Maker’s Mark to Irate Fans: “You Spoke. We Listened. Here’s (90) Proof”


Maker’s Mark hopes it has managed to avoid a New Coke-style disaster by reversing its widely-scorned decision (which was revealed in a Bloomberg Businessweek article) to dilute its iconic bourbon with water. Just days after his initial decision to cut the proof of Maker’s Mark from 90 to 84, CEO Bill Samuels Jr. realized the error of his ways, turned tail and just hoped that the brand hadn’t sustained any permanent damage.

On Sunday, Feb. 17th, the company announced on Facebook that it had surrendered to the collective will of thousands of bourbon drinkers expressed over the last several days after Maker’s Mark tried to extend tightening supplies of its flagship spirit by adding extra water that, it said, didn’t affect the taste. Fans, however, rose up on social media and argued that the move diluted the brand, too.

“They’ve told us that they would rather deal with the occasional supply shortage than have us change their whiskey,” Samuels Jr., son of the founder of Maker’s Mark, told USA Today.

Effective Monday, supported with a new cover image on its Facebook page (with the tagline “You spoke. We listened. Here’s proof”), every bottle coming out of the Loretto, Ky.-based brand owned by Beam Inc. is reverting to its historic 45-percent-alcohol content.[more]

The original problem was that Americans have gone on something of a hard-liquor jag lately, especially for premium brands like Maker’s Mark. Combined Kentucky bourbon and Tennessee whiskey sales from producers or suppliers to wholesalers rose by more than 5 percent to nearly 17 million cases last yaer, according to the Distilled Spirits Council, while revenues shot up by more than 7 percent to $2.2 billion.

Samuels and colleagues said they had spent months working on a way to keep the bourbon’s taste the same while reducing alcohol content to stretch supplies, and he was convinced they had.

But after Maker’s Mark announced last weekend that it would be making the change, the twittersphere exploded and many fans were outraged and bartenders concerned. “I am afraid they are diluting their brand,” Alba Huerta, general manager of the nationally renowned Anvil cocktail bar in Houston, told TIME.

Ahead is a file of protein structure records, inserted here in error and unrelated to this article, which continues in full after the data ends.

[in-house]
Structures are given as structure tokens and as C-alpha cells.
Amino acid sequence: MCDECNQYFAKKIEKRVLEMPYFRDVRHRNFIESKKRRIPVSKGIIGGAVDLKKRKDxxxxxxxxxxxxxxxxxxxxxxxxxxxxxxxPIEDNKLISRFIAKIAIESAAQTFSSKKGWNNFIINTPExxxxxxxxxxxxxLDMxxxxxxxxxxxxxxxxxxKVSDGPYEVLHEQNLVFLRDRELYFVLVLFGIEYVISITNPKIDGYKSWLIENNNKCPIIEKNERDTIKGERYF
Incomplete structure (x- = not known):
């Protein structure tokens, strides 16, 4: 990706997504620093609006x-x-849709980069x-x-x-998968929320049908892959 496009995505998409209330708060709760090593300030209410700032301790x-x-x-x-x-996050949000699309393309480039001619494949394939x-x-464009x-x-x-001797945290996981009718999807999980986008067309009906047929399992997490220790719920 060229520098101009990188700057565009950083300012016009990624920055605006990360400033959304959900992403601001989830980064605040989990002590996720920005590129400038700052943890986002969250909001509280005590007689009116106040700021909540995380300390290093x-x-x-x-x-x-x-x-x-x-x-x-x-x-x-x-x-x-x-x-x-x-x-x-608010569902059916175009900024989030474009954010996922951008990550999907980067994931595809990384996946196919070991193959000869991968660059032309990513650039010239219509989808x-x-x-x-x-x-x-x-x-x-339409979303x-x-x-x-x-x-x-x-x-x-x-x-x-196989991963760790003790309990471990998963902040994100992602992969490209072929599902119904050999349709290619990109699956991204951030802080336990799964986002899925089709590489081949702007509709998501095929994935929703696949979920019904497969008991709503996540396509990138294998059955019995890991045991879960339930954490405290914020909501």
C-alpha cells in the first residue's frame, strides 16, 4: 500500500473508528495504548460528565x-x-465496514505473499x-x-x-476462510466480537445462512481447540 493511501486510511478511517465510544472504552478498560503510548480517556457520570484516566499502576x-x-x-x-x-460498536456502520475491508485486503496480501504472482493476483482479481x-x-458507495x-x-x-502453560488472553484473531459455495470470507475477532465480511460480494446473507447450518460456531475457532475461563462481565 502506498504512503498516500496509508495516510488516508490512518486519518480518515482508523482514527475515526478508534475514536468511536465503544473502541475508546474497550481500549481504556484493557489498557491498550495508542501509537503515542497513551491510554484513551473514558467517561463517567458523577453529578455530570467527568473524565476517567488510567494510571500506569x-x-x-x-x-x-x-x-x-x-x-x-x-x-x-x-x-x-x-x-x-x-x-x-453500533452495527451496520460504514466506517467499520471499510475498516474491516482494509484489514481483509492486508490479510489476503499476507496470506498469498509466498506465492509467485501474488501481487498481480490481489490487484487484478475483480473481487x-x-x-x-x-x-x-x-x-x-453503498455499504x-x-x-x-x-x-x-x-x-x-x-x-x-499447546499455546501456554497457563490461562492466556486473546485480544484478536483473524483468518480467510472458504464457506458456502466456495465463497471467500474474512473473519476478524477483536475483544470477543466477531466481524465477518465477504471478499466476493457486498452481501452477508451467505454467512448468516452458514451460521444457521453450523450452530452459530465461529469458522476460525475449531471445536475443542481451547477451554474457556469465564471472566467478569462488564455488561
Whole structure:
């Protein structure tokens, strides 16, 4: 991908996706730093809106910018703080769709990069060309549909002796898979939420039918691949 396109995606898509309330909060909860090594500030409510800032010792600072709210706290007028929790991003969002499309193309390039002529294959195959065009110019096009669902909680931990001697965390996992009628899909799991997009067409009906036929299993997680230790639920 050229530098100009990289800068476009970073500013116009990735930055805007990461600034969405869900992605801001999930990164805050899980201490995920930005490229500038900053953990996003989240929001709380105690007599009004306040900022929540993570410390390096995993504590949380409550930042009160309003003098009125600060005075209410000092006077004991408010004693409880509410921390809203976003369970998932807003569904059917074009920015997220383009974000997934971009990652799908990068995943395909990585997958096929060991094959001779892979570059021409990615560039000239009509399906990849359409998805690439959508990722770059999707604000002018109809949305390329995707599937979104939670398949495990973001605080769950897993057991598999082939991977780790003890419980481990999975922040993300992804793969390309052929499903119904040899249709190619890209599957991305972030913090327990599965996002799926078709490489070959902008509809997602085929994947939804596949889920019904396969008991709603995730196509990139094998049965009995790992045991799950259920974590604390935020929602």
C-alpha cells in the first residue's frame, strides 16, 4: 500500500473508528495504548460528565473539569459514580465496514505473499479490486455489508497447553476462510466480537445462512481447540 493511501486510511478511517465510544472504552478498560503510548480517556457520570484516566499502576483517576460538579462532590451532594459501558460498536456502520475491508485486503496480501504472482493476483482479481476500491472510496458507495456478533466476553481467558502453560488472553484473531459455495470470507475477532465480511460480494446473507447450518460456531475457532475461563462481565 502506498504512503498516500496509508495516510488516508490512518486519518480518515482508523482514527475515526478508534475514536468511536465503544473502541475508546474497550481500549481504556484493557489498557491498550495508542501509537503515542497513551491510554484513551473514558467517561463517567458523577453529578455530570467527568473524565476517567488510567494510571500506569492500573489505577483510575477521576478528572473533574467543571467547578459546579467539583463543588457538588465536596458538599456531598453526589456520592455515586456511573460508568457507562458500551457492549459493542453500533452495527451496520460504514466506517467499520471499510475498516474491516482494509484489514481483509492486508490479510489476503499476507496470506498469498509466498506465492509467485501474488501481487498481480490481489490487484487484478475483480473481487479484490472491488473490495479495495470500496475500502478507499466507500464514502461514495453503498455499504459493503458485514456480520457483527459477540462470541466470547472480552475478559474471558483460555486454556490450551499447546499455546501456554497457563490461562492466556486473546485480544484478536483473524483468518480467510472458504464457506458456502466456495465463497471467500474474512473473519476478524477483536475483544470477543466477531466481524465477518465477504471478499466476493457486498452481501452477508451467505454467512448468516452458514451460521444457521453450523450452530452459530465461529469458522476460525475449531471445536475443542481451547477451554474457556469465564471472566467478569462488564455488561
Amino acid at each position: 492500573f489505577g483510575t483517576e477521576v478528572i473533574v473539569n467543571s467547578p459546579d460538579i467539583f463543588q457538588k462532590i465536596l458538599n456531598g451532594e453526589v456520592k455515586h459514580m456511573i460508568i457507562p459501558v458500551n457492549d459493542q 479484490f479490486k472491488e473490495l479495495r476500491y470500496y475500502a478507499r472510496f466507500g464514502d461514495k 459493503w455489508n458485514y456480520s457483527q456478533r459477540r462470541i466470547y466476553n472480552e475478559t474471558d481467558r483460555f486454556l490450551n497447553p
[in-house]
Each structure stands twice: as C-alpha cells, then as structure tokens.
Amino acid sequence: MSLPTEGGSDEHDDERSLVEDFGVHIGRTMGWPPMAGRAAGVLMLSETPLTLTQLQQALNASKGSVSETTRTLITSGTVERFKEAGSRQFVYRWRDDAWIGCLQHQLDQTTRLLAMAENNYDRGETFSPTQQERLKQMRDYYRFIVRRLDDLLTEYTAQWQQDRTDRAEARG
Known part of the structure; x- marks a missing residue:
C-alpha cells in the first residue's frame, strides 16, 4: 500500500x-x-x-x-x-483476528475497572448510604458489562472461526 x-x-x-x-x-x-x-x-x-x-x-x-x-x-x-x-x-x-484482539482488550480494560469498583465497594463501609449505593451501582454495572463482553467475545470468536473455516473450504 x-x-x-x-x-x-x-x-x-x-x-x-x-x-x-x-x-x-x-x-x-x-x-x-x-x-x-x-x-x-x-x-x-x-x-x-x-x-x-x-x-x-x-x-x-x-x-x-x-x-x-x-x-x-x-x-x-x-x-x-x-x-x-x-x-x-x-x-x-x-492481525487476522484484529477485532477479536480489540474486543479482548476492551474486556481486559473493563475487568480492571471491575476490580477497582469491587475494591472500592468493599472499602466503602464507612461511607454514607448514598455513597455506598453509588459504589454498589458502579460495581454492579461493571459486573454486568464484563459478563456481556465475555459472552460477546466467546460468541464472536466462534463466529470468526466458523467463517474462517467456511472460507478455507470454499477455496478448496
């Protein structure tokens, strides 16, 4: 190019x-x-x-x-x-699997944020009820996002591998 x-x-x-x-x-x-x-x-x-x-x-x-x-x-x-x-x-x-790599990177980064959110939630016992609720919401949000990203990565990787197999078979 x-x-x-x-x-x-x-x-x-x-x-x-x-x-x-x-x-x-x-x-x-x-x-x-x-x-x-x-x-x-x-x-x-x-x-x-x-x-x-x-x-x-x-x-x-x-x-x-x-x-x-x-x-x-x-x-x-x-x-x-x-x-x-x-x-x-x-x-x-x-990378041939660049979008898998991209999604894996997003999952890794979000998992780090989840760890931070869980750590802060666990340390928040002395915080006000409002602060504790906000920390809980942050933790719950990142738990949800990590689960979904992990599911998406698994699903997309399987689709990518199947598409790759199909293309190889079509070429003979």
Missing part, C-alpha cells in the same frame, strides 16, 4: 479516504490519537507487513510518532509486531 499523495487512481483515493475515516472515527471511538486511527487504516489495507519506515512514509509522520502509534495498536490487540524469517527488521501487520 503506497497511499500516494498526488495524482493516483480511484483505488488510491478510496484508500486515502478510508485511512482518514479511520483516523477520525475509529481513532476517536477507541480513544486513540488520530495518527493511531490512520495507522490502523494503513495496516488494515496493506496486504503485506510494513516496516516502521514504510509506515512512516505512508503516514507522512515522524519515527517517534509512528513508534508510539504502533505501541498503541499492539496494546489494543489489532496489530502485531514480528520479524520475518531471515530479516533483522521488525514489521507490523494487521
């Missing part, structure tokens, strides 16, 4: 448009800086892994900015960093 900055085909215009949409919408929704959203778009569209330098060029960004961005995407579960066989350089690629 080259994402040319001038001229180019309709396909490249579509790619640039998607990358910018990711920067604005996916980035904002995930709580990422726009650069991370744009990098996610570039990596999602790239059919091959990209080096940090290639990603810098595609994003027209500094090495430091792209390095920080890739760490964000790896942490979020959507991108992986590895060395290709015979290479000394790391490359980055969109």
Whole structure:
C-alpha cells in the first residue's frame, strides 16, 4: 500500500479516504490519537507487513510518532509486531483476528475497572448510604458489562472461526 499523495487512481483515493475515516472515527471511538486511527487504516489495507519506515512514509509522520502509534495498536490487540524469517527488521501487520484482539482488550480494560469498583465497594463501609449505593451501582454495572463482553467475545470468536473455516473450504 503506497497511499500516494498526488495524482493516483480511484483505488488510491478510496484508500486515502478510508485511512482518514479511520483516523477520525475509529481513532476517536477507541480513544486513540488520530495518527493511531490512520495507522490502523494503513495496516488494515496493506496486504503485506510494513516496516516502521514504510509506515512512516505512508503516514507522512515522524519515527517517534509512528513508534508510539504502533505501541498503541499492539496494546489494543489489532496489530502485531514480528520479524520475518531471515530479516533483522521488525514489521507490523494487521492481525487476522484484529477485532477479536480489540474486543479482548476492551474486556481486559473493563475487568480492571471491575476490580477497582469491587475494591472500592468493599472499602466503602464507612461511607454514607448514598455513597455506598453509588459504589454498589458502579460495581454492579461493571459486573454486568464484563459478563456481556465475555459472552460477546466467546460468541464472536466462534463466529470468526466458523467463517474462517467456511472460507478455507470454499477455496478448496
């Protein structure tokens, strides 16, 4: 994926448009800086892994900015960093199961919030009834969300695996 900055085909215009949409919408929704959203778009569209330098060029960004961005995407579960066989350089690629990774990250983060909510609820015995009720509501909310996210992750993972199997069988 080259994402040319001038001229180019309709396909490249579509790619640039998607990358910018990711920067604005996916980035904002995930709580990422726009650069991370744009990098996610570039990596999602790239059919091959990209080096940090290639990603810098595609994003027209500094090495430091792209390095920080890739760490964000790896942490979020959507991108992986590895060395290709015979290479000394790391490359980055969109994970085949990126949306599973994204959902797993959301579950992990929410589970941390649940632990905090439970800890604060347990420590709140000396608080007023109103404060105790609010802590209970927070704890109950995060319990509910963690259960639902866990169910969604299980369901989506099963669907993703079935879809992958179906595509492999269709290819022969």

Competitor brands had a field day, quick to prod Maker’s Mark. Wild Turkey took to Twitter, with a flip-them-the-bird hashtag and comments such as, “We distill our bourbons at a lower proof than competitors, allowing us to add less water and preserve more flavor.”

Pundits already are comparing Maker’s Mark’s mea culpa and reversal to the New Coke marketing disaster in 1985, when Coca-Cola rolled out a new, sweeter version of its namesake soda only to face intense criticism—and then reintroduce the old version as Coke Classic months later. New Coke soon disappeared.

The difference this time is the time-telescoping effects of digital technology and, especially, social media. Maker’s Mark found out so quickly about the opposition to its move via intense digital feedback that it might have been able to stave off the worst damage to its brand by just as quickly reversing field.

No doubt this won’t be the last we’ve heard of Dilutiongate. And it’ll probably be Maker’s Mark advertising that brings it up again. Maybe a TV ad or YouTube video about how the episode shows how much the brand clearly means to its customers, and how much Maker’s Mark loves to please them?